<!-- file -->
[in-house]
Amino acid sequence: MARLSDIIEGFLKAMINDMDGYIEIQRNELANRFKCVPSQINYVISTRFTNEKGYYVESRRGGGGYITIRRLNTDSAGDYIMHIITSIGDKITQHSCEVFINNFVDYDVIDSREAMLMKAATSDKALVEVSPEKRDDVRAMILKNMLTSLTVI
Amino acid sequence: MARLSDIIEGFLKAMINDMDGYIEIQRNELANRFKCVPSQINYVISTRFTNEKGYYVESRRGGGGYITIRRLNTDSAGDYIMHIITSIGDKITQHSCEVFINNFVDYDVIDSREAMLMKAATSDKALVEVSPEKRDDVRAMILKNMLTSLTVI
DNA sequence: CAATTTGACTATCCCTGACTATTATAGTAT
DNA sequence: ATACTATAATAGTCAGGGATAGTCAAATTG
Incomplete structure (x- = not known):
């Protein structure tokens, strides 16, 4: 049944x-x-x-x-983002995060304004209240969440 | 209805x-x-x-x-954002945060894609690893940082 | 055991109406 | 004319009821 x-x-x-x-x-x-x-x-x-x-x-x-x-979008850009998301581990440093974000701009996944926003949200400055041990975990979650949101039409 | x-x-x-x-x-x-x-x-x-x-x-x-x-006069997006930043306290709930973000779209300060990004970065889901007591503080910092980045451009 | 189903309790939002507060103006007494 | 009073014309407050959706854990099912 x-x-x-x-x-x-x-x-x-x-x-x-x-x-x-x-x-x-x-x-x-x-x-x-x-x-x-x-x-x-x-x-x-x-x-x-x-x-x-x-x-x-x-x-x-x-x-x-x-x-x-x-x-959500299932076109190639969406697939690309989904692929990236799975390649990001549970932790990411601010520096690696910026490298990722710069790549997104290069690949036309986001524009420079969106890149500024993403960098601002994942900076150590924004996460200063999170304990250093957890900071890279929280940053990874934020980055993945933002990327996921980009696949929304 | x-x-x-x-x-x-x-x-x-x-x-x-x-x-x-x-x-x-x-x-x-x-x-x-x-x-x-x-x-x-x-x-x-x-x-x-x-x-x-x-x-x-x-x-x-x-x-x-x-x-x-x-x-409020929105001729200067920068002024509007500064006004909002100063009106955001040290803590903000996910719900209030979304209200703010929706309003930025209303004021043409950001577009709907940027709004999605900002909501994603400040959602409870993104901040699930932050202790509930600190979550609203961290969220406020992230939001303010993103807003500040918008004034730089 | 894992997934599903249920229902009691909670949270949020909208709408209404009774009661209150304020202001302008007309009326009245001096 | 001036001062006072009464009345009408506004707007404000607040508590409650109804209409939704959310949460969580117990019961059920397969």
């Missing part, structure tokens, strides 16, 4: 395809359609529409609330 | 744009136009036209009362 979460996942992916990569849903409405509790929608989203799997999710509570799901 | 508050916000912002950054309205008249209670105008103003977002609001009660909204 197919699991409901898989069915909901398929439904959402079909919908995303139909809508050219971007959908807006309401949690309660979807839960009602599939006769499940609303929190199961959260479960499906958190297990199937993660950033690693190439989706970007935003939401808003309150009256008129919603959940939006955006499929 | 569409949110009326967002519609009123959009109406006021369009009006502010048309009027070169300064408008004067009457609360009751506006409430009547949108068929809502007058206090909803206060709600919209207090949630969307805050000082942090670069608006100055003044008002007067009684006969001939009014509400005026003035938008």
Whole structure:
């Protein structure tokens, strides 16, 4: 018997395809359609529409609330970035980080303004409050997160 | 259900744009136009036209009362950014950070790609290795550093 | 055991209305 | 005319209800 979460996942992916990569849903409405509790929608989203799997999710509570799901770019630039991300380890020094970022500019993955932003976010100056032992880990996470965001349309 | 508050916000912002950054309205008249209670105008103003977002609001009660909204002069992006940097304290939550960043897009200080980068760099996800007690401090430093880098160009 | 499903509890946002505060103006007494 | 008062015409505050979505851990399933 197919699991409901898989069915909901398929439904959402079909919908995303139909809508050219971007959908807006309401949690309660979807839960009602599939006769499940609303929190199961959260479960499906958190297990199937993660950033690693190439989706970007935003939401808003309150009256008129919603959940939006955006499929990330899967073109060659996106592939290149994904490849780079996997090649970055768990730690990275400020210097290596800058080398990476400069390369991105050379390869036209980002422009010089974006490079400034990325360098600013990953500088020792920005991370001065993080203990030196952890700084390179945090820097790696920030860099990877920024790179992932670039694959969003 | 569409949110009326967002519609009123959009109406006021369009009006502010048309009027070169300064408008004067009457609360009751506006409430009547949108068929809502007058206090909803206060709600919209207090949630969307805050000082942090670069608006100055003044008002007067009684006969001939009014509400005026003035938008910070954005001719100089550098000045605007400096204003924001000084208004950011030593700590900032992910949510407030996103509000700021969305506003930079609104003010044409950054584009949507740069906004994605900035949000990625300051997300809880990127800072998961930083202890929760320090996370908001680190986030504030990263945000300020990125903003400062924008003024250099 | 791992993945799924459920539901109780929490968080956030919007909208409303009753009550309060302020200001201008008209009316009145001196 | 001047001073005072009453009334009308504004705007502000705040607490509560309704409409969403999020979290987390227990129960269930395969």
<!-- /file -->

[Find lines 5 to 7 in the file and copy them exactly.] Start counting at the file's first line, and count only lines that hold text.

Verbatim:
DNA sequence: ATACTATAATAGTCAGGGATAGTCAAATTG
Incomplete structure (x- = not known):
């Protein structure tokens, strides 16, 4: 049944x-x-x-x-983002995060304004209240969440 | 209805x-x-x-x-954002945060894609690893940082 | 055991109406 | 004319009821 x-x-x-x-x-x-x-x-x-x-x-x-x-979008850009998301581990440093974000701009996944926003949200400055041990975990979650949101039409 | x-x-x-x-x-x-x-x-x-x-x-x-x-006069997006930043306290709930973000779209300060990004970065889901007591503080910092980045451009 | 189903309790939002507060103006007494 | 009073014309407050959706854990099912 x-x-x-x-x-x-x-x-x-x-x-x-x-x-x-x-x-x-x-x-x-x-x-x-x-x-x-x-x-x-x-x-x-x-x-x-x-x-x-x-x-x-x-x-x-x-x-x-x-x-x-x-x-959500299932076109190639969406697939690309989904692929990236799975390649990001549970932790990411601010520096690696910026490298990722710069790549997104290069690949036309986001524009420079969106890149500024993403960098601002994942900076150590924004996460200063999170304990250093957890900071890279929280940053990874934020980055993945933002990327996921980009696949929304 | x-x-x-x-x-x-x-x-x-x-x-x-x-x-x-x-x-x-x-x-x-x-x-x-x-x-x-x-x-x-x-x-x-x-x-x-x-x-x-x-x-x-x-x-x-x-x-x-x-x-x-x-x-409020929105001729200067920068002024509007500064006004909002100063009106955001040290803590903000996910719900209030979304209200703010929706309003930025209303004021043409950001577009709907940027709004999605900002909501994603400040959602409870993104901040699930932050202790509930600190979550609203961290969220406020992230939001303010993103807003500040918008004034730089 | 894992997934599903249920229902009691909670949270949020909208709408209404009774009661209150304020202001302008007309009326009245001096 | 001036001062006072009464009345009408506004707007404000607040508590409650109804209409939704959310949460969580117990019961059920397969």